• Emily Pan

Ah Louis in San Luis Obispo

Updated: a day ago


(Video courtesy of Elliot Gong)

Wong On, more commonly referred to as Ah Louis, was a Chinese banker, labor contractor, farmer, pharmacist, and shopkeeper in San Luis Obispo. Below is a timeline of his life:

1840:

  • Ah Louis was born in Southern China

Late 1850s:

  • According to Dr. Dan Krieger, Professor and SLO Tribune columnist, there was a sweet potato famine is his village, but since Ah Louis had sufficient money, he crossed the Pacific and landed in San Francisco.

1861:

  • According to National Park Service, Ah Louis left China to escape the Taiping Rebellion and prospered in Washington and Oregon by searching for gold.

End of Civil War (1860s):

  • Met Captain John Hartford of the Pacific Transportation Company. The company had a railroad and maritime component. They had freighters traveling up and down the Pacific Coast searching for seaports with sufficient economic activity. Then, they would build wharves and narrow gauge railroads, to help transport agricultural sources and natural resources.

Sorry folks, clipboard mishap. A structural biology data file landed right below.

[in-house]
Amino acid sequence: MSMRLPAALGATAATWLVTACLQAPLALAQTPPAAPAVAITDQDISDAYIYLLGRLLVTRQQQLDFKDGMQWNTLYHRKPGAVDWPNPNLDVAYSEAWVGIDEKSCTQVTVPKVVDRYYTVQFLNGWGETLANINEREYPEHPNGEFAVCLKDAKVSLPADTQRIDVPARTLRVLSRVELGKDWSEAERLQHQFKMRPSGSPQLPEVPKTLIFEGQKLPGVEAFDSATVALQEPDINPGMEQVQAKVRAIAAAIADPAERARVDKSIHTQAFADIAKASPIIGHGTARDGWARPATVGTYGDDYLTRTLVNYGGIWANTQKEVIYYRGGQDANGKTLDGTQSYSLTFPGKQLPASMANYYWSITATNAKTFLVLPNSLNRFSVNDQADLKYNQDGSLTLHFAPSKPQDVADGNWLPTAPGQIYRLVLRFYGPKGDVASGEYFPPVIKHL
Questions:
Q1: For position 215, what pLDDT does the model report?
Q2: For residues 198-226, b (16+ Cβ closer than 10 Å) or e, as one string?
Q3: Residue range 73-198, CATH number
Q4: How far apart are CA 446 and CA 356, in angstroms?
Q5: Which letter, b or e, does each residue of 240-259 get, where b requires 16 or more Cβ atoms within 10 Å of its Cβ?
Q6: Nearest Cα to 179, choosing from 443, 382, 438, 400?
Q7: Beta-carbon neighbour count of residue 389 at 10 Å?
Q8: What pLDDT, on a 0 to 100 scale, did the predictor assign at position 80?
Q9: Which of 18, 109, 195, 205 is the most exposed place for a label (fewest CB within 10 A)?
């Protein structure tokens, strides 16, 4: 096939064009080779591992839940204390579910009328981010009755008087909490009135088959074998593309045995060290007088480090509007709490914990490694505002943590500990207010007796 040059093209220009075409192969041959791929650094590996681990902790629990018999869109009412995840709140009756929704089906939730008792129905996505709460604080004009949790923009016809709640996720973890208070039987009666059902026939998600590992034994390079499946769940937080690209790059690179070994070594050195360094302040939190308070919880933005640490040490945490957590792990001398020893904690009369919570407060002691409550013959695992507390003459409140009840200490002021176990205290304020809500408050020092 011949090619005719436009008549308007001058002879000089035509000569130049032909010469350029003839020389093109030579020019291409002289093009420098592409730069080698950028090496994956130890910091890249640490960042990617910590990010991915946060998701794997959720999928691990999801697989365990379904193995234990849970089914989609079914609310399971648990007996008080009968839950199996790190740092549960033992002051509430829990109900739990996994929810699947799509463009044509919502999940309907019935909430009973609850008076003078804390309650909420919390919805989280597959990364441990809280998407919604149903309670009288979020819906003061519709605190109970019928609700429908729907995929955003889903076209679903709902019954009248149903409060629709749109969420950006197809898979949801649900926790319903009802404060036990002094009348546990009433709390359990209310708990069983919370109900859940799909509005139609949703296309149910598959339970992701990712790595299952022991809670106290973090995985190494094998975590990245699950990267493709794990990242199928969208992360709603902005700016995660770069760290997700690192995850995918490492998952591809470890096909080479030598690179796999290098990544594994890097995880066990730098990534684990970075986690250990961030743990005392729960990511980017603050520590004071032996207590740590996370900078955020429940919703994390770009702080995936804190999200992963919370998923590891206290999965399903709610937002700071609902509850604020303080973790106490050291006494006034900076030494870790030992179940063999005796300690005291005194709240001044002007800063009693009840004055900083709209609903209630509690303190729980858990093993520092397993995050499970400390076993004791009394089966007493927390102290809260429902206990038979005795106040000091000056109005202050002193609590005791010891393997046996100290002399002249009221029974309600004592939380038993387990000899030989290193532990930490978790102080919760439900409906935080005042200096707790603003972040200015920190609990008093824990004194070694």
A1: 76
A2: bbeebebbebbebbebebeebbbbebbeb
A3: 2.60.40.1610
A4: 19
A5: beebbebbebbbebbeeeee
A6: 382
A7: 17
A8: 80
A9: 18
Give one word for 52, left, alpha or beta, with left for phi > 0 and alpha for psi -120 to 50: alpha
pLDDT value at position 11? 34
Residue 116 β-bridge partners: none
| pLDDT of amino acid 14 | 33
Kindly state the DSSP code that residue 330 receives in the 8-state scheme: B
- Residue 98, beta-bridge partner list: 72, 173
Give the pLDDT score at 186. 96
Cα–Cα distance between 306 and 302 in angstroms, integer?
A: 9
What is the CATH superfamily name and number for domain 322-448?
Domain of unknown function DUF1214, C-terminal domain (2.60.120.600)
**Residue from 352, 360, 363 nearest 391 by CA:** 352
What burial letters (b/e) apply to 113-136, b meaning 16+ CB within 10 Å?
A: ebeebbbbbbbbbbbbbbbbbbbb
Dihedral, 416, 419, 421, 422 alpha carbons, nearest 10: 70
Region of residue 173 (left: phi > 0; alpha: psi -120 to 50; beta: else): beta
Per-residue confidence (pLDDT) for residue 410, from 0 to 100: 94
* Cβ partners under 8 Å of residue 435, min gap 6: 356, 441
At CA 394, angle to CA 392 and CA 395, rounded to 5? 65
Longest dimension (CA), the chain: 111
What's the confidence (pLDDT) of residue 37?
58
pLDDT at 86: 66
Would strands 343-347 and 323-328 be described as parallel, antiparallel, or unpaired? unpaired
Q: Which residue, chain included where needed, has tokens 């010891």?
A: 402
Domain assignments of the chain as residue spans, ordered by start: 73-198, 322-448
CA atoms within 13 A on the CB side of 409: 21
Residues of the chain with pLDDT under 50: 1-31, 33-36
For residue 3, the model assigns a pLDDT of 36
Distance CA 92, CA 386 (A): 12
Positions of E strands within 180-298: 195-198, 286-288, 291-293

Wharf and narrow gauge railroad (Photo Courtesy of Elliot Gong)

1867:

  • According to National Park Service, Ah Louis came to San Luis Obispo because the climate was favorable for his chronic asthma.

  • Found work as a cook

1868:

  • According to Dr. Krieger, Ah Louis came to San Luis Obispo to work for John Hartford

  • Recruited Chinese laborers

  • Supplied labor for three Wharves: Harford Wharf (Port San Luis), Avila Wharf (Avila Beach pier), and a wharf for George Hearst in San Simion

  • Also supplied most of the labor for Captain Cass' wharf in Cayucos

  • Many of the laborers were Ah Louis' cousins; because all of them had the surname Wong and Ah Louis was the leader, Captain Hartford needed a way to identify him, so he called him Ah Louis. The surname "Ah" is traditionally given the head of the labor crew.

  • After Ah Louis' arrival, the city of San Luis Obispo, which had a population of less than 100, quickly jumped to a population of 7000.

Harford Wharf (Photo Courtesy of Elliot Gong)

1873:

  • Built first wharf in Port San Luis

  • Ah Louis' "laborers constructed public work projects, worked in agriculture in planting and harvesting, served as household cooks, laundrymen, handymen, and worked in hotels, restaurants, private homes and hospitals" (Ah Louis Store -- Asian-Pacific American Heritage Month).